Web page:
If you wanted to pay a visit to the red planet, how long would it take? The answer depends on a number of things, ranging from the position of the planets to the technology that would propel you there. Let's examine a few of the most important points.
To determine how long it will take to reach Mars, we must first know the distance between the two planets.
Mars is the fourth planet from the sun, and the second closest to Earth (Venus is the closest). But the distance between the two planets is constantly changing as they travel around the sun.
In theory, the closest that Earth and Mars would approach each other would be when Mars is at its closest point to the sun (perihelion) and Earth is at its farthest (aphelion). This would put the planets only 33.9 million miles (54.6 million kilometers) apart. However, this has never happened in recorded history. The closest approach of the two planets occurred in 2003, when they were only 34.8 million miles (56 million km) apart.
The two planets are farthest apart when they are both at their farthest from the sun, on opposite sides of the star. At this point, they can be 250 million miles (401 million km) apart.
The average distance between the two planets is 140 million miles (225 million km).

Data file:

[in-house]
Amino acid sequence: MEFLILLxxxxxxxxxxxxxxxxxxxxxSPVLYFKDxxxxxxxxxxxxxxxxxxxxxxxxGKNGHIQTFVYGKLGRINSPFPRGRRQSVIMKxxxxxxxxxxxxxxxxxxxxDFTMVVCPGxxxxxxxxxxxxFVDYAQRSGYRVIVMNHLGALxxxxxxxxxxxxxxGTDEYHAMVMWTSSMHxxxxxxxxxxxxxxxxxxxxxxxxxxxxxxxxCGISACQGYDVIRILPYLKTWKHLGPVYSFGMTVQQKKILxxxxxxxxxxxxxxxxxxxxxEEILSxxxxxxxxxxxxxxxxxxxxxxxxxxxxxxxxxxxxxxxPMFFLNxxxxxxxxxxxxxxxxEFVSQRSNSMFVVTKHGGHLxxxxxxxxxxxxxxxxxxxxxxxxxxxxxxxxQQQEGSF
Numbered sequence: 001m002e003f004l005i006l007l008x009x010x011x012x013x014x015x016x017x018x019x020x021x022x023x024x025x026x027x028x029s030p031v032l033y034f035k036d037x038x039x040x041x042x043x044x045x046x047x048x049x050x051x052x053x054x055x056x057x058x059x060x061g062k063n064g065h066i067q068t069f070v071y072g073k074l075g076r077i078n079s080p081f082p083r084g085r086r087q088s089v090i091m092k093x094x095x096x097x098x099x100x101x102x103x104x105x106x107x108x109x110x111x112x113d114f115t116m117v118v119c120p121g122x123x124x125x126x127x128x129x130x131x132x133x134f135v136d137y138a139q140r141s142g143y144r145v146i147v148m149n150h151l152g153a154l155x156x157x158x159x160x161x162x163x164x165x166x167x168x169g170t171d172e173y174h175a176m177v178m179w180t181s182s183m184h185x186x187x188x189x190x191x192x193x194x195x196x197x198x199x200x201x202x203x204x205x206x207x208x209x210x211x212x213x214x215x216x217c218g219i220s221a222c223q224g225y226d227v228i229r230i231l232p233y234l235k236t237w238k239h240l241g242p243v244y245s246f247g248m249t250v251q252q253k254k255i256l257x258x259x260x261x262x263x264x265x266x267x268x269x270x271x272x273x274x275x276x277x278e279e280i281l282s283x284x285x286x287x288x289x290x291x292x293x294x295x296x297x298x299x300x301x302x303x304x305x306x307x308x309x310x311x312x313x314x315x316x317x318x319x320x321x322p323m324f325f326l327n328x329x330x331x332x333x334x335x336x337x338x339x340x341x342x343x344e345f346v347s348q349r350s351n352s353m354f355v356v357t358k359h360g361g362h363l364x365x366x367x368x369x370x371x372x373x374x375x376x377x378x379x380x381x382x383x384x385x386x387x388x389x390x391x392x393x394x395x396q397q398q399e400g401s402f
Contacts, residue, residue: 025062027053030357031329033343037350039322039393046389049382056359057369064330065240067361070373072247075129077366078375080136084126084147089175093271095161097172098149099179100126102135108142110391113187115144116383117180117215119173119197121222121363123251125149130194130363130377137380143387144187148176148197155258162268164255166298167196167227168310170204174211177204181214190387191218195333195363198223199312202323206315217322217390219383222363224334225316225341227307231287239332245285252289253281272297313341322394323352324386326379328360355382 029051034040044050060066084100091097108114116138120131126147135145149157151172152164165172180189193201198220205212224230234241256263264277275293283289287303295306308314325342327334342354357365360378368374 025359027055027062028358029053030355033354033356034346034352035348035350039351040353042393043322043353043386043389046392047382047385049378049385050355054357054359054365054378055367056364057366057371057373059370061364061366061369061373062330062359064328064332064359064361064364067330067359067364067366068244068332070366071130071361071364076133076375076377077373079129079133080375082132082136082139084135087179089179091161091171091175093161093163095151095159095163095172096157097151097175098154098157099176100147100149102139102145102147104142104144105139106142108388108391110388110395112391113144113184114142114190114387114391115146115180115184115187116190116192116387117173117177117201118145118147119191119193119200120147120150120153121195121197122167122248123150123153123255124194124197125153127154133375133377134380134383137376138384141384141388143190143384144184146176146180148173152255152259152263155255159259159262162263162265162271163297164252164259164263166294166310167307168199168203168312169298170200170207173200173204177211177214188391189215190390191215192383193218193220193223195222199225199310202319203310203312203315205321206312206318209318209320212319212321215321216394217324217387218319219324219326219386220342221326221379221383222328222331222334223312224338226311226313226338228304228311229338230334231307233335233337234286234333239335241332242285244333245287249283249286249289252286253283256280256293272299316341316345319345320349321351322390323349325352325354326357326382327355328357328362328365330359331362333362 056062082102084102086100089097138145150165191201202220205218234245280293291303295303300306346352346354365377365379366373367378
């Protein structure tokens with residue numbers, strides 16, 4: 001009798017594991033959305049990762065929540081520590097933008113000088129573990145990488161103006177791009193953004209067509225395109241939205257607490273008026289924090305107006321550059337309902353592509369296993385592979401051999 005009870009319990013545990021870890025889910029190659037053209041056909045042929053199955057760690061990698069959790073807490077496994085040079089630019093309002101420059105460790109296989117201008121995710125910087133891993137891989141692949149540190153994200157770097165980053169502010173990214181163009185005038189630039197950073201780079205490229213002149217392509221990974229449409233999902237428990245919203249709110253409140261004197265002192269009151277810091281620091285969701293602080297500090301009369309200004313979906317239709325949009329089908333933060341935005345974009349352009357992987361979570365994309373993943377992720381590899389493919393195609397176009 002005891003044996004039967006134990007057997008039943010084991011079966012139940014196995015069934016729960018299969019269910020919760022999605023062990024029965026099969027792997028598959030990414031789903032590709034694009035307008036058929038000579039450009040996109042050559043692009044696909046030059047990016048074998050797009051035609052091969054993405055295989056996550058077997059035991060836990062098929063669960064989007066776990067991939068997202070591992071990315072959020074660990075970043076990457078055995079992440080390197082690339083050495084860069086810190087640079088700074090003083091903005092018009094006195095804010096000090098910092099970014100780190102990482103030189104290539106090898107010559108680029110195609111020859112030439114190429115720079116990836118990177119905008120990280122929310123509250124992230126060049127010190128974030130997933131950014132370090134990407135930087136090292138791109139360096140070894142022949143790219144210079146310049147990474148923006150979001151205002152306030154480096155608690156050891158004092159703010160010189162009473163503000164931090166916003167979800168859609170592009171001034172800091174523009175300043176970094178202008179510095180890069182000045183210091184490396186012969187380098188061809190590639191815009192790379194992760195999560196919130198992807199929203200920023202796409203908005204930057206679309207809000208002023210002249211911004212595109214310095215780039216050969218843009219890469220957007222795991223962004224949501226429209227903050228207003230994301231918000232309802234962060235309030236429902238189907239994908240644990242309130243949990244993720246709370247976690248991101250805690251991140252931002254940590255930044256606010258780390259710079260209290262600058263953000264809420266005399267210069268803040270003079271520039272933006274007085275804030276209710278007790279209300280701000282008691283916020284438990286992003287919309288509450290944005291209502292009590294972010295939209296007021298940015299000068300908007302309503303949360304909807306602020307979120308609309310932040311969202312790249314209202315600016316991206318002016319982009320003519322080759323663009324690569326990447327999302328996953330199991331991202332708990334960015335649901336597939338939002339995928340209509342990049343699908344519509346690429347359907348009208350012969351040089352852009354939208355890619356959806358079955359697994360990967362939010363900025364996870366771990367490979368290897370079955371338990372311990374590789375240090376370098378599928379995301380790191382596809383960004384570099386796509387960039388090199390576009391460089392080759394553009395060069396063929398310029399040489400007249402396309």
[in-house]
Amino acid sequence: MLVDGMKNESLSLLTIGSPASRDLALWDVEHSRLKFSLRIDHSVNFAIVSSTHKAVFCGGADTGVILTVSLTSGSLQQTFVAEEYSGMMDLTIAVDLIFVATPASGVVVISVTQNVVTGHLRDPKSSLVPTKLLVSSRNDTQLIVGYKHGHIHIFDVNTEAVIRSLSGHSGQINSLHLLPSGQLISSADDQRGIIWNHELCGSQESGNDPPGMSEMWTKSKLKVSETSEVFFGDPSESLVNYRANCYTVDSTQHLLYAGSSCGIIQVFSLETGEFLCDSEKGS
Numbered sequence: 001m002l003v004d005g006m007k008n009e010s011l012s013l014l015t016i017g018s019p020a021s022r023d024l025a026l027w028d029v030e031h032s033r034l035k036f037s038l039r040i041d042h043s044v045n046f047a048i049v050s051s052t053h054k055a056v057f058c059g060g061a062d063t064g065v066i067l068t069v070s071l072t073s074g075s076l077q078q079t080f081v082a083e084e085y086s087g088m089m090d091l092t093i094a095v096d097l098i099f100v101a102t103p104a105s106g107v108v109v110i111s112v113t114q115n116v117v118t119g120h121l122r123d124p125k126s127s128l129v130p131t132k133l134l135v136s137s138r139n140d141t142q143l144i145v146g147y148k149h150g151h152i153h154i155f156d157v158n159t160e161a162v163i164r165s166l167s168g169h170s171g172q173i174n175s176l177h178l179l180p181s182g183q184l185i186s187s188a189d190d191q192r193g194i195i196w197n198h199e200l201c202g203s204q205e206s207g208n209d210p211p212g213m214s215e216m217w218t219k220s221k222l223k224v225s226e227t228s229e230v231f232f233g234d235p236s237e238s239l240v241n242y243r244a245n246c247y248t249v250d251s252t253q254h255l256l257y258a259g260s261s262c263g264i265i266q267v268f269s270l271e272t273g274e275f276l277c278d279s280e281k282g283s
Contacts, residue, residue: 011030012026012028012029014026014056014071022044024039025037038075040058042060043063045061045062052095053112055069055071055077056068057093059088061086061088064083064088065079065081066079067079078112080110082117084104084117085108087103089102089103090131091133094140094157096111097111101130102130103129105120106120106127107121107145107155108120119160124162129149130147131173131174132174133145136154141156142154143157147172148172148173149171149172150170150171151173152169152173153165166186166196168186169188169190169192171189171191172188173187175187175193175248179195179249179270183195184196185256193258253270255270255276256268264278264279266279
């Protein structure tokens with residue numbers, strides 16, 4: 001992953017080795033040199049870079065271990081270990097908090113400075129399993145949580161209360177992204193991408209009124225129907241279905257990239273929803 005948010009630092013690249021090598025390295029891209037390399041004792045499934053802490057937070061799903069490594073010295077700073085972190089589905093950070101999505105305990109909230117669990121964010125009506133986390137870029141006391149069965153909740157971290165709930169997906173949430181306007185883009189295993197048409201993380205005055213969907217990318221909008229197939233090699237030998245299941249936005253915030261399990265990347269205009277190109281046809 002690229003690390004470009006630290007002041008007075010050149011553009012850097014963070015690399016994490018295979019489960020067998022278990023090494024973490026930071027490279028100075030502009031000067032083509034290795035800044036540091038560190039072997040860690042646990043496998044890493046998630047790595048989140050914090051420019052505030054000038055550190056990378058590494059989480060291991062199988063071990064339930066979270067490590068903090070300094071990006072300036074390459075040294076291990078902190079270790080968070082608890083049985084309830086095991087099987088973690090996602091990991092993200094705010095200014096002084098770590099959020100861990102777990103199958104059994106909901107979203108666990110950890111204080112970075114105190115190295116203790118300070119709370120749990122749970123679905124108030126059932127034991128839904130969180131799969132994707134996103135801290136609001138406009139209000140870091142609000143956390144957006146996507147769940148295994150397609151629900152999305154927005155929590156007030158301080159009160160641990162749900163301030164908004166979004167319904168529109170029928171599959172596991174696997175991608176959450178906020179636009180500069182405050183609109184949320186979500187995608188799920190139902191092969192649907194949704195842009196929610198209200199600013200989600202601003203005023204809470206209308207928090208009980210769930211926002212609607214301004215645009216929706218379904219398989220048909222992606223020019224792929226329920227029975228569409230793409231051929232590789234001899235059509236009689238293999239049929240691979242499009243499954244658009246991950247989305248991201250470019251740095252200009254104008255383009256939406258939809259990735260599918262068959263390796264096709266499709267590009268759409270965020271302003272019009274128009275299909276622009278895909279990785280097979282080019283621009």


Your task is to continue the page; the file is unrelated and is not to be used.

Light travels at approximately 186,282 miles per second (299,792 km per second). Therefore, a light shining from the surface of Mars would take the following amount of time to reach Earth (or vice versa):
Closest approach: 182 seconds, or just over 3 minutes
Farthest approach: 1,342 seconds, or just over 22 minutes
On average: 751 seconds, or just over 12.5 minutesVisit to know more about how long does it take to get to mars?
The fastest spacecraft launched from Earth was NASA's New Horizons mission, which is en route to Pluto. In January 2006, the probe left Earth at 36,000 mph (58,000 kph). The time it would take such a probe to get to Mars would be:
Closest approach: 942 hours (39 days)
Farthest approach: 6,944 hours (289 days)
On average: 3,888 hours (162 days)
Passionate areophile since my first ISDC in the 1980s
It depends on the orbital path you choose. The most popular one (and the best one, in my opinion) is called a “Hohmann transfer”— an opportunity for this comes up every 26 months or so, when Mars and Earth are approaching certain points in their orbits relative to one another, and I believe the opportunity window lasts a few months, depending on the performance of the spacecraft that’s making the journey. The trip takes about six months, though you can speed this up a little bit by adding more thrust at the beginning and more braking thrust at the end… go too fast, though, and you will stray from the Hohmann orbital path (it isn’t an invisible railroad, after all, it’s a vector through space at a certain speed, with a certain amount of leeway).
By the way, if you somehow manage to miss Mars or mess up your aerocapture maneuver so that you “bounce” off its atmosphere, you zing along that Hohmann transfer and wind up right back near Earth orbit… eighteen months later! A two-year total journey. So the spacecraft that goes to Mars must be prepared for a 2-year space voyage, even though it ought to only last six months.
Can be done in 4 to 7 months depending when you go (with chemical propulsion.) Nuclear could shorten this considerably.
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